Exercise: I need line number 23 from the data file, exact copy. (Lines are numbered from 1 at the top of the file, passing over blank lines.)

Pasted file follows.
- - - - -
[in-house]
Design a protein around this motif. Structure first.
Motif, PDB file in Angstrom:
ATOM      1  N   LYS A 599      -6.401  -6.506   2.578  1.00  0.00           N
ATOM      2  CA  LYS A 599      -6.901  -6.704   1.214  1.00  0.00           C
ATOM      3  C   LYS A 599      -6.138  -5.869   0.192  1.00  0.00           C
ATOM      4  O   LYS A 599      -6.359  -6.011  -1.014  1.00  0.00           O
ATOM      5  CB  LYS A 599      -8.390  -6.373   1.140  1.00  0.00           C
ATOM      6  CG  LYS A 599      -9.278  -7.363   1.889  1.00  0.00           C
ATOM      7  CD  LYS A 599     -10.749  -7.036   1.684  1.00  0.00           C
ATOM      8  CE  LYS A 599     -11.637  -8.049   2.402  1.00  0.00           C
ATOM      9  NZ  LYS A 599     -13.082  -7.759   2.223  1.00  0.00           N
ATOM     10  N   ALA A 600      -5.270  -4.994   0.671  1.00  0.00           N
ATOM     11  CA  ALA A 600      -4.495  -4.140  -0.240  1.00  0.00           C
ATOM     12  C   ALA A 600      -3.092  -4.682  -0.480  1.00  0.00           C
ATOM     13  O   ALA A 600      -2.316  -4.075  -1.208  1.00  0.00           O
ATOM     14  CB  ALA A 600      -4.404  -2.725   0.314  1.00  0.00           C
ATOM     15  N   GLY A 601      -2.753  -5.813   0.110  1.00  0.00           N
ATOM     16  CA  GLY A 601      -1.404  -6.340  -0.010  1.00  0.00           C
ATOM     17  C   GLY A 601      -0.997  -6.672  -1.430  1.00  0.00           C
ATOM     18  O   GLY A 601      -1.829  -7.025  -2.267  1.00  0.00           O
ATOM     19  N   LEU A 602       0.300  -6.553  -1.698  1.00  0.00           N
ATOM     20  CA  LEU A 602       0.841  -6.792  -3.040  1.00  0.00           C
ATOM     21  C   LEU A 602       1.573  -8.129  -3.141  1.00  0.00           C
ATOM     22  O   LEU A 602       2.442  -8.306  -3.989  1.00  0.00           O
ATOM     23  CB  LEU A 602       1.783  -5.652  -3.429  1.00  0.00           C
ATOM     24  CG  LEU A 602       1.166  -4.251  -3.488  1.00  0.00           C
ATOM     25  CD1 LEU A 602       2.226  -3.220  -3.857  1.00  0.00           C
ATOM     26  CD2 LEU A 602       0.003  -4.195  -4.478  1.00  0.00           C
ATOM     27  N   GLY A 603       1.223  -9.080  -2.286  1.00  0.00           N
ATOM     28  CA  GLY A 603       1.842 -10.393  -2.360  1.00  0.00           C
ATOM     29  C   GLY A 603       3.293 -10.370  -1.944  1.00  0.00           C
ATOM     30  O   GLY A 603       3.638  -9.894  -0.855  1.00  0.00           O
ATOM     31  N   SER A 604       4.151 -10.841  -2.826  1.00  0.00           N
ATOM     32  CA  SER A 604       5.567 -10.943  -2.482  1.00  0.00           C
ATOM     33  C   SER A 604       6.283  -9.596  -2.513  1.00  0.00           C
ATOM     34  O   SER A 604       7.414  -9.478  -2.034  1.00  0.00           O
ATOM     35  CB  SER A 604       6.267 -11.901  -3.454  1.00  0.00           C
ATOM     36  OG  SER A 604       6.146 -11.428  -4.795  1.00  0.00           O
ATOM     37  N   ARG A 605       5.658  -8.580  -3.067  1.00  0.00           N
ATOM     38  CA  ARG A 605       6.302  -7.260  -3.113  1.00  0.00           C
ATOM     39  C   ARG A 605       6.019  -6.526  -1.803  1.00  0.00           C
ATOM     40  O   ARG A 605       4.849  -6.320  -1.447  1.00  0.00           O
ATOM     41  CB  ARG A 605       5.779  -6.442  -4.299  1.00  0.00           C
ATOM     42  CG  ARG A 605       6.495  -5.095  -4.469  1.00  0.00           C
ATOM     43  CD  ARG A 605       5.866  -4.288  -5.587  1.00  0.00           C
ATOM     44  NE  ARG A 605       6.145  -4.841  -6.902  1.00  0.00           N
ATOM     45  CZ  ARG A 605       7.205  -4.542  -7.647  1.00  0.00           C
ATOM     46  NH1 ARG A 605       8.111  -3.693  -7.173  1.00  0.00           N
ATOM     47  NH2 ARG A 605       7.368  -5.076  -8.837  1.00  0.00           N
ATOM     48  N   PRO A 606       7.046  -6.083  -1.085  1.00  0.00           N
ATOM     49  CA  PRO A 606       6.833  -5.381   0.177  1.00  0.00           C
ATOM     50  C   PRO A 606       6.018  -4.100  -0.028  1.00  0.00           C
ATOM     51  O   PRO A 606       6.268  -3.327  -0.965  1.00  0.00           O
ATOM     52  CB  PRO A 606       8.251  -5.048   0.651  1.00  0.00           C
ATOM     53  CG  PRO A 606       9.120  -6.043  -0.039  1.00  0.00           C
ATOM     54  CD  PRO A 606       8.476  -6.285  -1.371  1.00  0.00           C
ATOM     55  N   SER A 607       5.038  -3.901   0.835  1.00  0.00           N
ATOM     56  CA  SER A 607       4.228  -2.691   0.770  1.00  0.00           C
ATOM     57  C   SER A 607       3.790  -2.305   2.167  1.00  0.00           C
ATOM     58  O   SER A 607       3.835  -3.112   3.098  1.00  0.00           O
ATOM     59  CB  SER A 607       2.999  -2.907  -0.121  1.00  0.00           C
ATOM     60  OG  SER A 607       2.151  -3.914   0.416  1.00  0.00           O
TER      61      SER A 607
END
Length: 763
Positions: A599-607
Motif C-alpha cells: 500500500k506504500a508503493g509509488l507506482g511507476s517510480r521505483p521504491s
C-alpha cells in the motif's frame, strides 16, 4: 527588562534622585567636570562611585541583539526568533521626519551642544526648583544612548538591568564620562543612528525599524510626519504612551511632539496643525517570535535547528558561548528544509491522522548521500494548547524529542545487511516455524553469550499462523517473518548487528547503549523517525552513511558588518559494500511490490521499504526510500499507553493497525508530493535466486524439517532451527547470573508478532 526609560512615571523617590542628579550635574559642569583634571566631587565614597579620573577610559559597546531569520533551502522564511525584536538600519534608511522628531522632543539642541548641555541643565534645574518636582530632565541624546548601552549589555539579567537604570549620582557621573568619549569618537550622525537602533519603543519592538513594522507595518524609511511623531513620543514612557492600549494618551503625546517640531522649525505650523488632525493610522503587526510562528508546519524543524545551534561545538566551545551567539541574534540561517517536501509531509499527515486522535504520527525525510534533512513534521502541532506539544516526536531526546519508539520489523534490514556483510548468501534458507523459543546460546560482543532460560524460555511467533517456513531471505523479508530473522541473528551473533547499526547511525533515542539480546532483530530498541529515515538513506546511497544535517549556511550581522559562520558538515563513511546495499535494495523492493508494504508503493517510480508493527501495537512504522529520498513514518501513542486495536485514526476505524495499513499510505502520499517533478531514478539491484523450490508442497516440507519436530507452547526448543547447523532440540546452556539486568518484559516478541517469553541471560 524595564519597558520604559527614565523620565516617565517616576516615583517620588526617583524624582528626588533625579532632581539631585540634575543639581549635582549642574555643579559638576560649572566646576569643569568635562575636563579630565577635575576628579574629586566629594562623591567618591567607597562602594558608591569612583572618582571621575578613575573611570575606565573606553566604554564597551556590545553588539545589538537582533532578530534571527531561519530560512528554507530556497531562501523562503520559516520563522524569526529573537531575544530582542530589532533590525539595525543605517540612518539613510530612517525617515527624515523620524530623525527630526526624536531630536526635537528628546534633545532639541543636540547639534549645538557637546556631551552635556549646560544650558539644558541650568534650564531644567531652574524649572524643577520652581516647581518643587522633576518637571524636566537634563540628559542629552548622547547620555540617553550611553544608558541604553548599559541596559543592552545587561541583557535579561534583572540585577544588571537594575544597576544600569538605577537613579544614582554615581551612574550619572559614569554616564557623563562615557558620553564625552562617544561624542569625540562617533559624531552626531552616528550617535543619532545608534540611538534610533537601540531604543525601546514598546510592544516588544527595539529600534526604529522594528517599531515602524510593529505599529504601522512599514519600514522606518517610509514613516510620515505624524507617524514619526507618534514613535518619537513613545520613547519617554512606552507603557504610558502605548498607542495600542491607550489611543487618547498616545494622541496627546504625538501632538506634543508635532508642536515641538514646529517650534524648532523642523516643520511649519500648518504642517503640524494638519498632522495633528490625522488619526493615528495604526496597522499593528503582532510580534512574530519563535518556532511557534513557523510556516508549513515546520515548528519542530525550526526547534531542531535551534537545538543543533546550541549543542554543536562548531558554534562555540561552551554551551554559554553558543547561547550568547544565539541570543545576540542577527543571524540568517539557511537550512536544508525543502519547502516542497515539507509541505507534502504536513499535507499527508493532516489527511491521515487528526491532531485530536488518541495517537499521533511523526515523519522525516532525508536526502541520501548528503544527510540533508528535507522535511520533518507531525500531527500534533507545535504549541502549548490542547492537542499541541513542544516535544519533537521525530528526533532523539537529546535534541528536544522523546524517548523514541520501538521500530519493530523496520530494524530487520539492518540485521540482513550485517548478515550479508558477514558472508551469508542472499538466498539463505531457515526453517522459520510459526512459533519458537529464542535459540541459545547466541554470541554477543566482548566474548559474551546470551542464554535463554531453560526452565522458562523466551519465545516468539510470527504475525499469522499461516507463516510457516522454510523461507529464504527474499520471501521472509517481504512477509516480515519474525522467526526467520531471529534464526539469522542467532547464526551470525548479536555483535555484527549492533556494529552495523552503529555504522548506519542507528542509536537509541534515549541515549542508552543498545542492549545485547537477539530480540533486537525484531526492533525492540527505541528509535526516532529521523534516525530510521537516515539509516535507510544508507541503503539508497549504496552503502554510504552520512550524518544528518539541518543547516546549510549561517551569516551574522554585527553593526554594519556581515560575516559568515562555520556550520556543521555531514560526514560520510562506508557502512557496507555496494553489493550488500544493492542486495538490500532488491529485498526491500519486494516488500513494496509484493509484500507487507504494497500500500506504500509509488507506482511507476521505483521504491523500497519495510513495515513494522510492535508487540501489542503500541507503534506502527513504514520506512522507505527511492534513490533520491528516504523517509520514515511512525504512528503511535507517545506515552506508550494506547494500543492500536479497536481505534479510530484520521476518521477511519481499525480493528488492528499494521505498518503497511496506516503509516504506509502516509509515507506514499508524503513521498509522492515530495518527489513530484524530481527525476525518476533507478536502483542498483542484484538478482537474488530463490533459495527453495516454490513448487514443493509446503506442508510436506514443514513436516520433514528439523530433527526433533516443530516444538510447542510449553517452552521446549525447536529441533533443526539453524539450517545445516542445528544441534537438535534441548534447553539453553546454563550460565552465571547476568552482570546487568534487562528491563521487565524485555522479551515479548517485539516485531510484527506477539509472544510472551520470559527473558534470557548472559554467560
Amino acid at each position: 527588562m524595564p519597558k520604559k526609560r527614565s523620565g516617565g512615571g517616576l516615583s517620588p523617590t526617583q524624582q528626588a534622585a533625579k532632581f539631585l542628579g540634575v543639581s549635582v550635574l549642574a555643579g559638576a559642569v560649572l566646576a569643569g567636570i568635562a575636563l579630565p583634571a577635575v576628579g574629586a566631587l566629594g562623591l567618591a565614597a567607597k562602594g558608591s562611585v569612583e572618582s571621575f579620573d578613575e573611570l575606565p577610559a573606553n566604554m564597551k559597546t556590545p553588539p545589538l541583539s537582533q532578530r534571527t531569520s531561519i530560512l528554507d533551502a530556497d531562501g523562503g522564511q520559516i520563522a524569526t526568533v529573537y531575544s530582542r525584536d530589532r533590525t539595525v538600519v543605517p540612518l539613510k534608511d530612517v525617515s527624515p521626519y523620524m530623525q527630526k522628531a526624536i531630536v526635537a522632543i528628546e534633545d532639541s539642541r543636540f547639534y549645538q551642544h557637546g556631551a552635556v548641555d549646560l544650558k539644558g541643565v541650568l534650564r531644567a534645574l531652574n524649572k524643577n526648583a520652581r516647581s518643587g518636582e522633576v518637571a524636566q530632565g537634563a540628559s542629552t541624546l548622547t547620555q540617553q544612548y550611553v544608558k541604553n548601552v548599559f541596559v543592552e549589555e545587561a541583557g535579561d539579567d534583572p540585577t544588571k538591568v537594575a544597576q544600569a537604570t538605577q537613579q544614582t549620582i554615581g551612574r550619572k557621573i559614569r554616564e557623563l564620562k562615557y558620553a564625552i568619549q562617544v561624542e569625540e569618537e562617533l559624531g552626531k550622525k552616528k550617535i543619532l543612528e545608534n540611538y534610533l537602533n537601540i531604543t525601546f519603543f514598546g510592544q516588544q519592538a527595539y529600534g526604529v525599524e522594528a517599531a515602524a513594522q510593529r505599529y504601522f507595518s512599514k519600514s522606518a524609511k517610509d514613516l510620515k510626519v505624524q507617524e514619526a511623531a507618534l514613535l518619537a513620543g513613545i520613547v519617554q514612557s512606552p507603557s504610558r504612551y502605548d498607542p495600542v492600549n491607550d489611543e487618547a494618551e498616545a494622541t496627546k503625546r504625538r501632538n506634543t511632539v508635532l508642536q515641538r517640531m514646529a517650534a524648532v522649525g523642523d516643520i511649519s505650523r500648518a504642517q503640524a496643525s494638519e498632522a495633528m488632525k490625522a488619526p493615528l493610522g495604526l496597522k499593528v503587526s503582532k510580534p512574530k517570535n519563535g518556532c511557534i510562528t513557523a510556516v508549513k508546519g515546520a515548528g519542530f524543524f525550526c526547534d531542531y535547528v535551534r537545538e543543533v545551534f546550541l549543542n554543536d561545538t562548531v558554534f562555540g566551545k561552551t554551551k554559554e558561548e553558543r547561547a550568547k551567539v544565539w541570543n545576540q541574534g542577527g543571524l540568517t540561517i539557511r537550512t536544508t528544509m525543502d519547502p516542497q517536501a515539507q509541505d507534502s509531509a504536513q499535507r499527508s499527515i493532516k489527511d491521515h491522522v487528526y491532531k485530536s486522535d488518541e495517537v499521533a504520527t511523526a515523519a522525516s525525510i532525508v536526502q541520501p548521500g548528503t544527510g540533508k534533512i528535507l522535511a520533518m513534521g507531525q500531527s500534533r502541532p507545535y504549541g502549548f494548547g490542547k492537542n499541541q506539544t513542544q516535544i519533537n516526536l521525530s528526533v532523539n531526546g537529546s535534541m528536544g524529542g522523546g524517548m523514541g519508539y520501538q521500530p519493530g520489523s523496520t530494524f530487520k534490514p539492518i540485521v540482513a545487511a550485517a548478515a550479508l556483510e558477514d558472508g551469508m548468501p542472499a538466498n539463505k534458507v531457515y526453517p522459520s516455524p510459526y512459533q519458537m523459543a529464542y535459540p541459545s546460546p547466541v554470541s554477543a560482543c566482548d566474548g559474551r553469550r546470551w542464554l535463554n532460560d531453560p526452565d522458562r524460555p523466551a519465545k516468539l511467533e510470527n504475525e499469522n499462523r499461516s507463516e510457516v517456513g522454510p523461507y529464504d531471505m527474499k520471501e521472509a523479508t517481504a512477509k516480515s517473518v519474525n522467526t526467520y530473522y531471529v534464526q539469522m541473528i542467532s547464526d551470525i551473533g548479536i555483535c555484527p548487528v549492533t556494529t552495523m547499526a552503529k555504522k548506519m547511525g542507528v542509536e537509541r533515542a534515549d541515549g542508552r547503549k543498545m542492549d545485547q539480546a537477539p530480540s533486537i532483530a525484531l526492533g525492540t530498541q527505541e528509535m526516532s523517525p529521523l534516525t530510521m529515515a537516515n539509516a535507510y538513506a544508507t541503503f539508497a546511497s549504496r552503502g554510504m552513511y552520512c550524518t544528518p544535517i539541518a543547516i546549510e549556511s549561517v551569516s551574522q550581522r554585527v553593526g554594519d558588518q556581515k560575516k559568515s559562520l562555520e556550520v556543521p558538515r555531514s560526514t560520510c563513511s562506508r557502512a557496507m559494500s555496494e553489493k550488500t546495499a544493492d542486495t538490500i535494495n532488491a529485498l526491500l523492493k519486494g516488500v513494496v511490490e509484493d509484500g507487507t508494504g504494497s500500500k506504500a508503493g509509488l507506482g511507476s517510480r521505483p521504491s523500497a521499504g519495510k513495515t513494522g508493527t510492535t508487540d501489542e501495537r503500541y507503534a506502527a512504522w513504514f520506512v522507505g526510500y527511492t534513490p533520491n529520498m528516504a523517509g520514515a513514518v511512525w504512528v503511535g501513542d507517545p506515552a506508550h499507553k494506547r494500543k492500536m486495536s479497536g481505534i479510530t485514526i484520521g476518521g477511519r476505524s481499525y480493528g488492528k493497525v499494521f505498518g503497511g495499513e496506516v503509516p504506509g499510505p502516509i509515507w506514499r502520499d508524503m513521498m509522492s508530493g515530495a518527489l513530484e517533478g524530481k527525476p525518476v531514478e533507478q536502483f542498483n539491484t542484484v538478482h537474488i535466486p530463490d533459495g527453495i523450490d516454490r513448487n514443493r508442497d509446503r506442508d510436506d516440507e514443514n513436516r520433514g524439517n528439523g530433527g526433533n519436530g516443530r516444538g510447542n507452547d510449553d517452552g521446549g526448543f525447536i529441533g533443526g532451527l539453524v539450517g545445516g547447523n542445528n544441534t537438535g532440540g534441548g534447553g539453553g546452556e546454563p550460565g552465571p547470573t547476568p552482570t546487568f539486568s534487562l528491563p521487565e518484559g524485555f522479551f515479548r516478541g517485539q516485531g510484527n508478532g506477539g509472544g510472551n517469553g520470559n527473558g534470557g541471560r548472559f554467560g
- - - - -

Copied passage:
ATOM     20  CA  LEU A 602       0.841  -6.792  -3.040  1.00  0.00           C